‘Twas ever thus.
In the yearly drama of Shelby County Board of Commissioners’ budget hearings, schools need more money and struggle to find support and the sheriff’s request for a bigger budget gets a spirited defense.
It’s little wonder that the sheriff’s budget has grown at a rate three times greater than school funding over the past 10 years, all while education was touted as top priority by county officials.
That’s not even considering at least $237 million in county taxes waived in the past 10 years as tax incentives for private businesses that otherwise would have gone to schools.
Wait For The Facts To Form Opinions
Before Shelby County Schools Superintendent Dorsey Hopson had even had the opportunity to present his request for $35 million to the commissioners’ budget committee, some of them were already attacking it. So much for objectivity and getting all the facts before making a decision.
Chairman Terry Roland, who had shown some hopeful signs of leadership, was back to his old ways, saying, “I don’t want this to become an all-out brawl but we can’t let the county go under because of mismanagement of schools…every year, they try to tug at the heartstrings of people by using the children.”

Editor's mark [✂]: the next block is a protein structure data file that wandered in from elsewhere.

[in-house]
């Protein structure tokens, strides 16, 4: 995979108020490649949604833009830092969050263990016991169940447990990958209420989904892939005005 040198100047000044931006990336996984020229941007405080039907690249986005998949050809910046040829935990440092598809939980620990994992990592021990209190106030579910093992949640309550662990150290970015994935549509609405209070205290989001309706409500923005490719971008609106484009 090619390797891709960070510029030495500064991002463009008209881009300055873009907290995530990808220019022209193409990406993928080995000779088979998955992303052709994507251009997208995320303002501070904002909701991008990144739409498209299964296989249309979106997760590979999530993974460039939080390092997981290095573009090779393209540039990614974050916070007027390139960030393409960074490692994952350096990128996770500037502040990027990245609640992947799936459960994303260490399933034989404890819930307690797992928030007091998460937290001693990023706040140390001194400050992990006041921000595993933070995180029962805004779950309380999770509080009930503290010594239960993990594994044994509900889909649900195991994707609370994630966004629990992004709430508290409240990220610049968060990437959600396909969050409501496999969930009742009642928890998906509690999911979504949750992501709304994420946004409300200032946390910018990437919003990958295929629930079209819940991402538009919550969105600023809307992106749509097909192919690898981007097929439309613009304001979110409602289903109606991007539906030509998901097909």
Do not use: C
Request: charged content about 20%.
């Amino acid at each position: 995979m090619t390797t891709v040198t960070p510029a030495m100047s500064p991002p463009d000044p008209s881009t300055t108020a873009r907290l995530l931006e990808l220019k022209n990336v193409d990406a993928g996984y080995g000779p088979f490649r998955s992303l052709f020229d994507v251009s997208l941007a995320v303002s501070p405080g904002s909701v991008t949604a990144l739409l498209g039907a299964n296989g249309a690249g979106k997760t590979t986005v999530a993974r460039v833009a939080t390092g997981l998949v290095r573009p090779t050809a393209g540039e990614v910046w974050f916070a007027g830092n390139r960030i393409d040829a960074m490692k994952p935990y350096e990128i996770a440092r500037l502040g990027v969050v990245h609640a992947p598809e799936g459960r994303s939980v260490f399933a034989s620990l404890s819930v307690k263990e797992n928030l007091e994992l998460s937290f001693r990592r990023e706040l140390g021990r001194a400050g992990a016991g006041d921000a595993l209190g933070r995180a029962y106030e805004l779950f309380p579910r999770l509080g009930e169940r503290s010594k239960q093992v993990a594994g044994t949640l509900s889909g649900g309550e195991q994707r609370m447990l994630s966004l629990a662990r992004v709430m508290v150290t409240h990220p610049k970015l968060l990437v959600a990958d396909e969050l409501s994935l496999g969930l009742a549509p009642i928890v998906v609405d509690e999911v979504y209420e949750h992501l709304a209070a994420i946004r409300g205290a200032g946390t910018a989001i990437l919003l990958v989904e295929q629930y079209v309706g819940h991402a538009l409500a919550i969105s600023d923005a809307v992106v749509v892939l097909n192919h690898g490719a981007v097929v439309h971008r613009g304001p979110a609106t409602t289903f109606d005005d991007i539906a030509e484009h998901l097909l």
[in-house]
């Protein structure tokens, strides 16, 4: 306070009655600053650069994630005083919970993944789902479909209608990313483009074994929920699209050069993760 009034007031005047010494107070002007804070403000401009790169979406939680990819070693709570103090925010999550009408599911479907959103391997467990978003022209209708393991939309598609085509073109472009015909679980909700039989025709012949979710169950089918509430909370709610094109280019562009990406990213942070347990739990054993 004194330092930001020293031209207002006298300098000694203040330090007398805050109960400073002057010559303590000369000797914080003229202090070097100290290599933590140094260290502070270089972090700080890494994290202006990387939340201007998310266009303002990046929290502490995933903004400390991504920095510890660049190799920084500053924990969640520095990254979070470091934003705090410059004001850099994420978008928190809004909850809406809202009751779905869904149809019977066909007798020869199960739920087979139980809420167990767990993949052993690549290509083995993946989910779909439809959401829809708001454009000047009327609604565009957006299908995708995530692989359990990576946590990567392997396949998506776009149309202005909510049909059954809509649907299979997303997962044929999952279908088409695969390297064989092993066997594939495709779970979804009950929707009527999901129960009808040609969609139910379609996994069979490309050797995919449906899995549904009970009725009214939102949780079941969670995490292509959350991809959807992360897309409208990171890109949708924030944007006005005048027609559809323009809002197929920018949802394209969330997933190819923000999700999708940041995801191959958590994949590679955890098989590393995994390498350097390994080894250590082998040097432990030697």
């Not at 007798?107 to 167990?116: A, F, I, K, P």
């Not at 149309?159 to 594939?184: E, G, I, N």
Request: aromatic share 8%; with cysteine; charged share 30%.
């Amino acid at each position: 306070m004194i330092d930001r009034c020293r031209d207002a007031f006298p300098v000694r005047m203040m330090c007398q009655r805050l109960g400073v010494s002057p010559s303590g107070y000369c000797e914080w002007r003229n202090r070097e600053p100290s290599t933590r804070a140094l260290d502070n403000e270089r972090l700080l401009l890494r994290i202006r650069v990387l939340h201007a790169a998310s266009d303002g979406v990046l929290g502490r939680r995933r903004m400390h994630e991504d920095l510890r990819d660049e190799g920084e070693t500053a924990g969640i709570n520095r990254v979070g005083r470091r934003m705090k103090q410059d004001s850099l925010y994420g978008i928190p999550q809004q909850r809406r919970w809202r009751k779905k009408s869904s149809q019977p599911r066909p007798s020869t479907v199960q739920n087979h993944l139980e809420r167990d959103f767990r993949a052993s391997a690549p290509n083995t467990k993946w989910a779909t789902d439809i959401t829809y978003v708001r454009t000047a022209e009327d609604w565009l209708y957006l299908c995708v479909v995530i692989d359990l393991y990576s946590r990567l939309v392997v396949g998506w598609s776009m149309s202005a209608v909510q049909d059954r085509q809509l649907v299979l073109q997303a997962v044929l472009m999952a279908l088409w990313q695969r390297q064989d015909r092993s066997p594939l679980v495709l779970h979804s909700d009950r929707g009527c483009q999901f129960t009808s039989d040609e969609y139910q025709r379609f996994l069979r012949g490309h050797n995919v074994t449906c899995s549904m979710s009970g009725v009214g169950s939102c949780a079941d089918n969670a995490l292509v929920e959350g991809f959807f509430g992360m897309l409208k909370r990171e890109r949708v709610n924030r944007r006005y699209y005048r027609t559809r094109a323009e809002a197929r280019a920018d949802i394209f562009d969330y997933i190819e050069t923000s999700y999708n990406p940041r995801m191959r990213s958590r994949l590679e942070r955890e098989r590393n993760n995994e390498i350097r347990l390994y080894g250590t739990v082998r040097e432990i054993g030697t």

As usual, there were no facts to back up his assertions of mismanagement, and it’s worth remembering that it was actually subsidizing sprawl and putting millions of dollars into the pockets of developers that brought Shelby County Government to the brink of bankruptcy, not school funding. And we’re hard-pressed to figure out how Mr. Hopson’s request for funding is not supposed to be about children since that’s the entire reason schools exist.
Well, it’s not always easy to apply the laws of logic have applied to legislative deliberations at all levels.
Schools Only Need 3%
Meanwhile, Commissioner David Reaves, chair of the education committee, contended that Shelby County Schools should be closing 40 to 50 schools (almost 20 schools have already been closed since 2012). According to state law, county legislators’ only power is to approve or disapprove the school district’s budget request, not to set educational policy.
In addition, it’s curious that the town school districts don’t seem to get the same level of unsolicited educational advice and scrutiny.
In an apparent move to weaken the schools’ position, the county finance director pointed out that $35 million would require a 21-cent property tax increase. Of course, that’s assuming that county government does nothing to align funding to its top priority – schools – and move funds from other operations to achieve the required budgetary level.
If you’re keeping score at home, the $35 million for schools amounts amount to just 3% of the total county budget, which suggests that if county commissioners are loathe to increase taxes to meet the needs of education, they should ask for a range of scenarios for finding the 3% in other budgets.